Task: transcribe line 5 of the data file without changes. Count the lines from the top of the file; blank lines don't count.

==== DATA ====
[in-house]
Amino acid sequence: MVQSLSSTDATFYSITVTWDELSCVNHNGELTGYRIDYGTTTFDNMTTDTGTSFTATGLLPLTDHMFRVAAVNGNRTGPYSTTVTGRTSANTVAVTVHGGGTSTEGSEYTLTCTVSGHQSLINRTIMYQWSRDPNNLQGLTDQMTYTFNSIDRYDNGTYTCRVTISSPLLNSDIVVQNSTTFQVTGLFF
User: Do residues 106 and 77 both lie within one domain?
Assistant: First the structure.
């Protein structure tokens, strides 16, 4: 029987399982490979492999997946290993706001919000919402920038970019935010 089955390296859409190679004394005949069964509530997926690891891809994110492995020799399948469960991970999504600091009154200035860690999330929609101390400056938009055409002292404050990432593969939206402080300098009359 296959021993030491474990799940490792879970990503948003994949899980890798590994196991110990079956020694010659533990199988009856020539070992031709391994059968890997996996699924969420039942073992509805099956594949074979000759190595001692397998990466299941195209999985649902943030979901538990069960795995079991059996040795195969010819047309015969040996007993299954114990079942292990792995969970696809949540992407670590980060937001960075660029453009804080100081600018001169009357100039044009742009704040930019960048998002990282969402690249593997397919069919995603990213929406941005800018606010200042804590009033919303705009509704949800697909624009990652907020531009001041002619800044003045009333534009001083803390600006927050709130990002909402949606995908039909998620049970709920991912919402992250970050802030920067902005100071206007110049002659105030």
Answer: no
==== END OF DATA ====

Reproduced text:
């Protein structure tokens, strides 16, 4: 029987399982490979492999997946290993706001919000919402920038970019935010 089955390296859409190679004394005949069964509530997926690891891809994110492995020799399948469960991970999504600091009154200035860690999330929609101390400056938009055409002292404050990432593969939206402080300098009359 296959021993030491474990799940490792879970990503948003994949899980890798590994196991110990079956020694010659533990199988009856020539070992031709391994059968890997996996699924969420039942073992509805099956594949074979000759190595001692397998990466299941195209999985649902943030979901538990069960795995079991059996040795195969010819047309015969040996007993299954114990079942292990792995969970696809949540992407670590980060937001960075660029453009804080100081600018001169009357100039044009742009704040930019960048998002990282969402690249593997397919069919995603990213929406941005800018606010200042804590009033919303705009509704949800697909624009990652907020531009001041002619800044003045009333534009001083803390600006927050709130990002909402949606995908039909998620049970709920991912919402992250970050802030920067902005100071206007110049002659105030």